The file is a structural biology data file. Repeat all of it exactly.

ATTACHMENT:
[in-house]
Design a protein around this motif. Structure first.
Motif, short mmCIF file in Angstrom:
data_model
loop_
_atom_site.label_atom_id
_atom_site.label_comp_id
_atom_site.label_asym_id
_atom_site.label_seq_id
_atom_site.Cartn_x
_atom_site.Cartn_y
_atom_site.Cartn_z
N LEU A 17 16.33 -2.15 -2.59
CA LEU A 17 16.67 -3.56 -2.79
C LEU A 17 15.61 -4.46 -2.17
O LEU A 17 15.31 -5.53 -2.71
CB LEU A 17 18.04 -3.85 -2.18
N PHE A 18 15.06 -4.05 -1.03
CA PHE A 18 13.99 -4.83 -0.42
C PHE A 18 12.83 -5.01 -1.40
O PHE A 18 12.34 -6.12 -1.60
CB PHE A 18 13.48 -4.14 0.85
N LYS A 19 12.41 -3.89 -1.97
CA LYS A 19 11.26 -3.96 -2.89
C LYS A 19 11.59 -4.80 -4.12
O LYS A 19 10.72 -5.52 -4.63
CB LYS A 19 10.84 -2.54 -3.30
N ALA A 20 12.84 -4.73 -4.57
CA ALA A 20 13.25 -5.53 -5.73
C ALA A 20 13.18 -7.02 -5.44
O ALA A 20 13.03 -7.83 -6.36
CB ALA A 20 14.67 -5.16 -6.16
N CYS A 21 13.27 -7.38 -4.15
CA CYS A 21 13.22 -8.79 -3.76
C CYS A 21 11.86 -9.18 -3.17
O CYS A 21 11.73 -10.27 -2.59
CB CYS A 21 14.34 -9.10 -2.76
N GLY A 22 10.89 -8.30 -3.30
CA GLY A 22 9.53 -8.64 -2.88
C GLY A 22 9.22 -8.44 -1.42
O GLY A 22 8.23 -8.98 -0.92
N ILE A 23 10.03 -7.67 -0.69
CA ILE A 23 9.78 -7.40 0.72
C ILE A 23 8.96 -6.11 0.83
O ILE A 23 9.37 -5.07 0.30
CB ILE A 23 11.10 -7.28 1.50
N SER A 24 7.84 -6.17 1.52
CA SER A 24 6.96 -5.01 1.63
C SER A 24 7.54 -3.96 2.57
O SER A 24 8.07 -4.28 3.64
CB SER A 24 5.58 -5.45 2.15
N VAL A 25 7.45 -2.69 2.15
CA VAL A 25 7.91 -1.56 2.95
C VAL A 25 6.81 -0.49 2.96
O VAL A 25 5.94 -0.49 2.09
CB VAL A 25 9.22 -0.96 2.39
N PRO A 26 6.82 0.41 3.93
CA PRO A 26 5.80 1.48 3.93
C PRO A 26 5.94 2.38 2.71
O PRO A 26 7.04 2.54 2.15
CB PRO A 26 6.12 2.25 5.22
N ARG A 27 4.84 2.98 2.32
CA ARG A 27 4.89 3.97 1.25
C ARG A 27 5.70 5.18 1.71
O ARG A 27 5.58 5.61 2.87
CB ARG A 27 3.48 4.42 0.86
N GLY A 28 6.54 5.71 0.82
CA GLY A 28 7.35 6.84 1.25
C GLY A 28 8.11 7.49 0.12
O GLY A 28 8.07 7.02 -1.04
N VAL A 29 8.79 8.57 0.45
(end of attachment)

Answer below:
[in-house]
Design a protein around this motif. Structure first.
Motif, short mmCIF file in Angstrom:
data_model
loop_
_atom_site.label_atom_id
_atom_site.label_comp_id
_atom_site.label_asym_id
_atom_site.label_seq_id
_atom_site.Cartn_x
_atom_site.Cartn_y
_atom_site.Cartn_z
N LEU A 17 16.33 -2.15 -2.59
CA LEU A 17 16.67 -3.56 -2.79
C LEU A 17 15.61 -4.46 -2.17
O LEU A 17 15.31 -5.53 -2.71
CB LEU A 17 18.04 -3.85 -2.18
N PHE A 18 15.06 -4.05 -1.03
CA PHE A 18 13.99 -4.83 -0.42
C PHE A 18 12.83 -5.01 -1.40
O PHE A 18 12.34 -6.12 -1.60
CB PHE A 18 13.48 -4.14 0.85
N LYS A 19 12.41 -3.89 -1.97
CA LYS A 19 11.26 -3.96 -2.89
C LYS A 19 11.59 -4.80 -4.12
O LYS A 19 10.72 -5.52 -4.63
CB LYS A 19 10.84 -2.54 -3.30
N ALA A 20 12.84 -4.73 -4.57
CA ALA A 20 13.25 -5.53 -5.73
C ALA A 20 13.18 -7.02 -5.44
O ALA A 20 13.03 -7.83 -6.36
CB ALA A 20 14.67 -5.16 -6.16
N CYS A 21 13.27 -7.38 -4.15
CA CYS A 21 13.22 -8.79 -3.76
C CYS A 21 11.86 -9.18 -3.17
O CYS A 21 11.73 -10.27 -2.59
CB CYS A 21 14.34 -9.10 -2.76
N GLY A 22 10.89 -8.30 -3.30
CA GLY A 22 9.53 -8.64 -2.88
C GLY A 22 9.22 -8.44 -1.42
O GLY A 22 8.23 -8.98 -0.92
N ILE A 23 10.03 -7.67 -0.69
CA ILE A 23 9.78 -7.40 0.72
C ILE A 23 8.96 -6.11 0.83
O ILE A 23 9.37 -5.07 0.30
CB ILE A 23 11.10 -7.28 1.50
N SER A 24 7.84 -6.17 1.52
CA SER A 24 6.96 -5.01 1.63
C SER A 24 7.54 -3.96 2.57
O SER A 24 8.07 -4.28 3.64
CB SER A 24 5.58 -5.45 2.15
N VAL A 25 7.45 -2.69 2.15
CA VAL A 25 7.91 -1.56 2.95
C VAL A 25 6.81 -0.49 2.96
O VAL A 25 5.94 -0.49 2.09
CB VAL A 25 9.22 -0.96 2.39
N PRO A 26 6.82 0.41 3.93
CA PRO A 26 5.80 1.48 3.93
C PRO A 26 5.94 2.38 2.71
O PRO A 26 7.04 2.54 2.15
CB PRO A 26 6.12 2.25 5.22
N ARG A 27 4.84 2.98 2.32
CA ARG A 27 4.89 3.97 1.25
C ARG A 27 5.70 5.18 1.71
O ARG A 27 5.58 5.61 2.87
CB ARG A 27 3.48 4.42 0.86
N GLY A 28 6.54 5.71 0.82
CA GLY A 28 7.35 6.84 1.25
C GLY A 28 8.11 7.49 0.12
O GLY A 28 8.07 7.02 -1.04
N VAL A 29 8.79 8.57 0.45